Rubber Rafts and Rapids

The snowpack continues to recede with the summer melt.  It’s okay though, it will be back next year and there is a positive. In this case, it means the rivers begin to rise and whitewater rafting season begins!

A quick history lesson…this activity started as a way to explore unknown rivers and the areas that surround them. The first rafting trip happened in 1811 on the Snake River through Wyoming and Idaho. The equipment at the time made it too difficult to navigate the entire river. In 1840 the Rubber Raft was invented by Lt. John Fremont and Horace H. Day. With this new invention on June 9th, 1840 a successful scientific exploration of the Snake River was led by Clyde Smith.

Nowadays, it’s not about exploration. It’s all about fun. Rafting has become another fun way to experience the mountains. All adventure seekers must give this a try! All adventure seekers must give this a try! Below are some popular rafting destinations in the U.S.

Snake River – Idaho

Class III & Class IV

Image Taken by Hans Dieter Vesely

Image Taken by Hans Dieter Vesely

Nothing compares to rafting Hells Canyon in Idaho. This is the home of the mighty Snake River and the deepest gorge in North America. The river marks the border between Idaho and Oregon. The canyon plunges to depths of nearly 8,000 feet between the Seven Devils range to the east and Oregon’s rim country to the west. Through this tremendous gorge, the Snake River’s warm, clear waters yield some of the best big waves and whitewater rapids in the Northwest. There are also great fishing opportunities in calmer sections. The Snake River serves up one of the best river experiences in the country!

Weber River – Utah

Class I & Class II Rapids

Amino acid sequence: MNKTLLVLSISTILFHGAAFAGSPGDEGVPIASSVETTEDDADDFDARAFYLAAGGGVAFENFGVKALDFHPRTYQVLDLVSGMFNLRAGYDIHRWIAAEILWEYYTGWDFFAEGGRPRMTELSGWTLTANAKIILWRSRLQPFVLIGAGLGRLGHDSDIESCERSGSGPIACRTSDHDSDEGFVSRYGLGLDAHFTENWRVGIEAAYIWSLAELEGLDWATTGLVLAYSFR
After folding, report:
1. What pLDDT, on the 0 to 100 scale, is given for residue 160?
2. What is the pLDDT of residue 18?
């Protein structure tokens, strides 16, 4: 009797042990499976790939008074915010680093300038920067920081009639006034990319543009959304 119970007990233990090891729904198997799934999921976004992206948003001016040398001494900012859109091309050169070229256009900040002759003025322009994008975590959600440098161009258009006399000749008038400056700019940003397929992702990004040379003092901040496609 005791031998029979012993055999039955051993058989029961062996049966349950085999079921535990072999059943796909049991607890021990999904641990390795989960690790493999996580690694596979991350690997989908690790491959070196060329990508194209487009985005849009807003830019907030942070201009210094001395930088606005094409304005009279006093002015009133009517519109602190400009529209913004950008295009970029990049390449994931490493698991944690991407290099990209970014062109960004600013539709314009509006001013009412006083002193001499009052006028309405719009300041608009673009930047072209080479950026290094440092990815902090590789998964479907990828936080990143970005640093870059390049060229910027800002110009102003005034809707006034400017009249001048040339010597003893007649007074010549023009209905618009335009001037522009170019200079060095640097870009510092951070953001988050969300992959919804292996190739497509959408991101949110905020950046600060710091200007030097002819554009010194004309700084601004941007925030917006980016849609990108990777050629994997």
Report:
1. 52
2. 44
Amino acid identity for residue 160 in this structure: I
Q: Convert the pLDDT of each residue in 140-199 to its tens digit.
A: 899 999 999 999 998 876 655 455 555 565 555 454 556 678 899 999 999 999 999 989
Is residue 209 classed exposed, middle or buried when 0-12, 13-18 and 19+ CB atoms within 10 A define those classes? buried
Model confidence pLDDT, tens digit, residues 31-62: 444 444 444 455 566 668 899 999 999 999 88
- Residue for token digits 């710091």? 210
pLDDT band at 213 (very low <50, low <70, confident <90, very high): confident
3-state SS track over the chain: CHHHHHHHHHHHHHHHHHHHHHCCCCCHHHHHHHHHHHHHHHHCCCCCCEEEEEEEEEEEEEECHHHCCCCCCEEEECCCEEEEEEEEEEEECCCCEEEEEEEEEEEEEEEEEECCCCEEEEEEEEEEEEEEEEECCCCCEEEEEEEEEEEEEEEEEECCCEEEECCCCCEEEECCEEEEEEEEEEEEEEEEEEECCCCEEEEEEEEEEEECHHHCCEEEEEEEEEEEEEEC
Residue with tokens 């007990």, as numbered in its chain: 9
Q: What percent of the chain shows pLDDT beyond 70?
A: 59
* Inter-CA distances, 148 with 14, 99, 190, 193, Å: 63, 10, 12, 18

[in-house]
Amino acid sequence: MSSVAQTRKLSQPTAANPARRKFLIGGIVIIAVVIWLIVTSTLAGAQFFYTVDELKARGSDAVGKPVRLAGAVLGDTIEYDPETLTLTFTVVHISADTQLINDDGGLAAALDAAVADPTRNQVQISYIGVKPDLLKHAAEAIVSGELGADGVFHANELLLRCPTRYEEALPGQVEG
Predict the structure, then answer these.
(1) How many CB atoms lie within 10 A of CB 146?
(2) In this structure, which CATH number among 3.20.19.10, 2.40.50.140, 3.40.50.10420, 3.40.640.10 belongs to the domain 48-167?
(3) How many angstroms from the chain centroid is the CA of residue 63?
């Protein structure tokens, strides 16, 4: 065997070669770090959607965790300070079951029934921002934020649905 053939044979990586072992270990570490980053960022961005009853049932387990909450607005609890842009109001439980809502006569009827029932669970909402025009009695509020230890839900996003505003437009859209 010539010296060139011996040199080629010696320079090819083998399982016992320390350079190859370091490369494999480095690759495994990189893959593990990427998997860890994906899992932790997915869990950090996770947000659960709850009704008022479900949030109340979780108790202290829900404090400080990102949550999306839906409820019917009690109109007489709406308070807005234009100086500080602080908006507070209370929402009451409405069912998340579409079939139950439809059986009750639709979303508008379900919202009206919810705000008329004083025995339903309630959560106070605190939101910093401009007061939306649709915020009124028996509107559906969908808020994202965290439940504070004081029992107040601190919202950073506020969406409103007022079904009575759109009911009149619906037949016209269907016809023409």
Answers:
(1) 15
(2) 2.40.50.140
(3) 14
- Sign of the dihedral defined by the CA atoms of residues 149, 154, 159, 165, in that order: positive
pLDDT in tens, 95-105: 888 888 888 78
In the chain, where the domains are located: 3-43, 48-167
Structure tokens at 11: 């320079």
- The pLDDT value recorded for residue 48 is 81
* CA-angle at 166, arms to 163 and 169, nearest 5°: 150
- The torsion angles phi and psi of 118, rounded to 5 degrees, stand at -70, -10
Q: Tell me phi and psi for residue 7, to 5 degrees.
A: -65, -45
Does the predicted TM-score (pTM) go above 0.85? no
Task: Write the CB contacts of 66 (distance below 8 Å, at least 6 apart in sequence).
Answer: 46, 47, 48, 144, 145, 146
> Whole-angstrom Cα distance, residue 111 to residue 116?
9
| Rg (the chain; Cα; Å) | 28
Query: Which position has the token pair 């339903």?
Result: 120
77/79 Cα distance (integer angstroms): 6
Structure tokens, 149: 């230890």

Devil's Slide - Photo Taken by Photographer Karen J. Rasmussen, North Ogden, Utah

Devil’s Slide – Photo Taken by Photographer Karen J. Rasmussen, North Ogden, Utah

The Weber River, which is located in the same mountain range as the Sundance Ski Resort, is full of historical structures showing off locomotive history. In addition, you get to see many famous canyons in Northern Utah. Some of which have ended up on postcard. Highlights of this river includes a snug pass beneath the Croydon Bridge, Devil’s Slide, an unusual geologic rock formation consisting of two parallel bands of limestone running down a steep mountainside, and Slalom Rapid, which passes a series of concrete pillars supporting the freeway above.

Deschutes Rives – Oregon

Class III Rapids

One of the most popular river rafting journeys in North America is the Deschutes River. Named by French fur traders for their rapid, these are a sure bet to be a blast! Known for its consistent water flows, sunshine, and amazing scenery it’s perfect for anyone looking for some adventure.

Dowd Chute – Colorado

Class IV Rapids

Photo Credit as Christian Kallen/

Photo Credit as Christian Kallen/

Besides having amazing dry snow Colorado is also home to some great whitewater rafting as well. The Dowd Chute located on the Eagle River is a perfect option that doesn’t require a full day, but offers some intense action. The water levels are not dam controlled and fluctuate according to weather conditions and spring runoff levels. For this reason, it is critical to go with a guide. The best part though is that it is only minutes from Vail meaning you get to sample a little bit of the town as well.

This is just a taste, a glimpse into the sport of white water rafting and just one more way to enjoy the mountains. If you are looking for a new activity with an adrenaline fix, give this a go!

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